The Insatiable Palate Review #29: Do or Dine (Bedford Stuyvesant, Brooklyn)

The Beast Spreads It’s Love with E666s

Fourteen months ago, Chef and Owner Justin Warner garnered attention for foie gras doughnuts and mad names for his unconventional dishes. His restaurant Do or Dine became a destination for adventurous New York City diners, patient enough to take a pilgrimage down to Bed-Stuy. I only learned about Chef Warner’s journey a few months ago after he and his staff decided to serve the original Momofuku Noodle Bar menu on Do or Dine’s one-year opening anniversary (this decision was not endorsed by David Chang whatsoever). Then I began to take even closer notice once I found out he was previously a manager at The Modern.

Chef Warner and Do or Dine had always been on the food blog radars.  When Justin Warner wasn’t getting bombarded with hate mail from foie gras ban activists, he was racking up a win at Adam Platt’s Ultimate Picnic Challenge against Anita Lo and Ignacio Mattos (formerly the chef at Isa). I’ve never seen an episode of Food Network Star, but it was more than big deal when he won season 8.

Now, the entire country is waiting for him to make his next television appearance. For now, he’s still manning the telephone line on weekdays and serving delicious meals. Starting next Sunday, he’s putting an end to brunch as well. Chef Warner already hated brunch and the restaurant felt the need to meet the demand for the full menu on weekends. The crosstown G Train doesn’t seem so dreadful anymore.

Foie Gras Doughnut

A doughnut should rarely cost eleven dollars. But when it does, the doughnut better be absolutely delicious. Do or Dine purchases a delicate yeast doughnut from Dough, a bakery in Bed Stuy and fills it with a foie gras mousse and mystery Smuckers preservatives. After Dough’s doughnuts got shat on by Josh Ozersky, I almost felt inclined to hate the doughnuts as well. But Do or Dine’s doughnut is worth every penny.  It’s rich, it’s creamy, it’s tart. The creation from the Dough or Dine collaboration is a delightful treat at the beginning of the meal.

Nippon Nachos

Maybe these gyozas had one night stands at a Mexican drive thru. Our fried dumplings arrived at the table, dressed with gouda, cheddar, and masago sour cream. They are no tortilla chips in this concoction. I’d imagine that Taco Bell Japan would eagerly serve this to hungry drunk crowds during late night. I would certainly be the first in line.

The deviled eggs (pictured at the top) were one of the highlights of the night. The E666 (the mark of the beast) eggs are stuffed with bacon and culantro (cilantro’s cousin) and then tempura battered. It’s topped with a dot of sriracha to give a subtle kick.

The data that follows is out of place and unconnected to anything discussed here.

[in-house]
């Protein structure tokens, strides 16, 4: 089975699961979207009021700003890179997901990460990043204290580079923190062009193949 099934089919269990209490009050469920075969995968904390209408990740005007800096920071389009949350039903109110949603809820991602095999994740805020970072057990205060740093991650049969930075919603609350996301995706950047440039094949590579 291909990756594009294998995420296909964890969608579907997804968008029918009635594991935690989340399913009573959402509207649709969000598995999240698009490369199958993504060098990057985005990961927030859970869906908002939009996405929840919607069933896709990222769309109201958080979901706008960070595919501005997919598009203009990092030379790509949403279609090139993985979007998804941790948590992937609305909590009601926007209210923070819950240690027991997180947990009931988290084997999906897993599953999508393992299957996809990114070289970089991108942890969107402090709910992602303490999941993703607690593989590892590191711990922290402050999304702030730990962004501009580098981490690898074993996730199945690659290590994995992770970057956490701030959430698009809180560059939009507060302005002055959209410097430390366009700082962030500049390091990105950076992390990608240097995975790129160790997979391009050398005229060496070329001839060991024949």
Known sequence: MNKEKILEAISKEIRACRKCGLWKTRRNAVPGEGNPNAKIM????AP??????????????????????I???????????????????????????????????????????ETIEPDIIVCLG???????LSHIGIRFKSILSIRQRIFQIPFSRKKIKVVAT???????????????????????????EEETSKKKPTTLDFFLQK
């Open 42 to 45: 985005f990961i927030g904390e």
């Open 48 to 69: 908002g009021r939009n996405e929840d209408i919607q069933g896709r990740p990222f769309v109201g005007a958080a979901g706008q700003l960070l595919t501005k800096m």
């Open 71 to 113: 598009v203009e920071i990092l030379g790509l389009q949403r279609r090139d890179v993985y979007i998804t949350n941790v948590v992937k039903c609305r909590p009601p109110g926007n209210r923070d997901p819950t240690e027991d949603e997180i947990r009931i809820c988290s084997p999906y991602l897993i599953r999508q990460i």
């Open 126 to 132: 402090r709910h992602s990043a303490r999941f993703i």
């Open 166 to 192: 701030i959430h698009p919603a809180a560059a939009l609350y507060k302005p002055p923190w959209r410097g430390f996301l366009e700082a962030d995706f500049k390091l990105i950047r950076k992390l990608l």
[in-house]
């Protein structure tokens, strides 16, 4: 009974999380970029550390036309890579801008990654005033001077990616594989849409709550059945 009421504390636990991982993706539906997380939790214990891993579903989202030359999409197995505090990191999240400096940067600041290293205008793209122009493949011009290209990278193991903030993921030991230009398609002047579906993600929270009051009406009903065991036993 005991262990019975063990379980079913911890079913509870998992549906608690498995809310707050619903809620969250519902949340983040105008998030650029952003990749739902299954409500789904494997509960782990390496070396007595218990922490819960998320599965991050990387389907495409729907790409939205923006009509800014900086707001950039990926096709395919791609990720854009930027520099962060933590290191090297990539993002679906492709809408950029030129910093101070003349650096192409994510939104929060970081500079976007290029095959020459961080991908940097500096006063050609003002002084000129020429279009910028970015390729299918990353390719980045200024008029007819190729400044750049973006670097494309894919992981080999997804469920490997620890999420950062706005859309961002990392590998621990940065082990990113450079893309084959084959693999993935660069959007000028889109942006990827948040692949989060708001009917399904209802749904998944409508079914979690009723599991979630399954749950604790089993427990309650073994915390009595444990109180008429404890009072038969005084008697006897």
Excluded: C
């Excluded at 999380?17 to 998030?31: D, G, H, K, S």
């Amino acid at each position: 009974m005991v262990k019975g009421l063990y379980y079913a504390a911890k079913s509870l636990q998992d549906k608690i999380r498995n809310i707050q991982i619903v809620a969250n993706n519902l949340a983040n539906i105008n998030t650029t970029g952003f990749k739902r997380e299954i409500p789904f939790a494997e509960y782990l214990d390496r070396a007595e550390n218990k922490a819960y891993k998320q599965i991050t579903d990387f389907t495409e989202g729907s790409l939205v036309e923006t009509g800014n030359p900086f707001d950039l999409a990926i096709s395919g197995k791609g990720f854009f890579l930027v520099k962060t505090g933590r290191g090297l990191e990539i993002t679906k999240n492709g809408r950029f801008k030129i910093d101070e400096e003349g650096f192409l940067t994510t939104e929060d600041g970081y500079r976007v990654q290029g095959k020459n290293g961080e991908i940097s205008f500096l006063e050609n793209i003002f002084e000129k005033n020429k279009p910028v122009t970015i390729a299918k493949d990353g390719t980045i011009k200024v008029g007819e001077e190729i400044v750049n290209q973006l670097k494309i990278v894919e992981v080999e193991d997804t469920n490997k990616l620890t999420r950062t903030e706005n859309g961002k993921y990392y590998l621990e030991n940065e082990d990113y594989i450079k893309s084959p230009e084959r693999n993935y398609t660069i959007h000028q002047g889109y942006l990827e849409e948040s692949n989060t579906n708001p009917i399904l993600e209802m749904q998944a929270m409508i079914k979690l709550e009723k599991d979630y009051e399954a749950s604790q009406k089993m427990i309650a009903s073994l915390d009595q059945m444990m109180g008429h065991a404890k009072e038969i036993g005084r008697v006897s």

The rice-skate looks like a dish that might have been plated on a stressful episode Chopped. Fortunately, each component agreeably flows together. The perfectly seared skate, the sweet mango, and the crunchy puffed rice lend tropical elements. My favorite part of the dish is the black beans and black bean paste that taste like concentrated jjajangmyeon (cha jang mien) sauce.

Xacuti Chimichanga

The chimichanga wasn’t as popular as some of the other dishes of the night. We did love the crunchy outer crust and the summery strawberries, but the dish fairly tasted bitter. The menu indicates that the dish primarily consists of eggplant, cilantro, and strawberries. This gave our table the impression that it was on the list of options purely to please the vegetarians and vegans.

A Chicken and Woffals

The chicken and woffals was the biggest hit of the night. The cornish game hen goes through a process of roasting and frying which gives a crisp exterior and moist interior. The waffle under the whole chicken is pleasantly sweet, providing a wonderful match for the chicken. Unlike Roscoe’s or the Waffle House, Do or Dine serves its chicken and waffles with a spoonful of chicken liver pâté. It’s a buttery supplement to the finger-lickin’ good chicken.

A FISH and Some Chips

At last, the grand finale of the night. The dish is a crunchy whole snapper served with fries and yuzu-shallot vinaigrette and topped with fish eggs. The snapper is moist and easy to breakdown, paving way for the yuzu-shallot vinaigrette. Remember that the fish comes intact which means you’ll have to work around the bones (not a problem for our table). The fries, however, can certainly be a long term issue for many people. It’s limp and soggy which makes me contemplate whether these chips forgot to enter their second (or third) bath. It’s not the thick, glass like crust that I look for in wonderful French fries. Perhaps it is negligible because the snapper and the vinaigrette are a delicious combination.

It’s still surprising to me how Do or Dine still isn’t as busy as other restaurants in Brooklyn. Chef Warner mentions that web traffic has immediately skyrocketed in the past few weeks after his season 8 win.

However, the restaurant doesn’t hit peak hours until 8:30PM on Friday. It’s still easy to get a table around 8PM on Saturday nights.

Perhaps the welcoming service and the innovative menu options will gradually help build longer lines in the early hours. Until then, I’ll be marking my territory in the downstairs bathroom and planning my next journey for Chicken & Woffals and doughnuts.

The Do or Dine Meal


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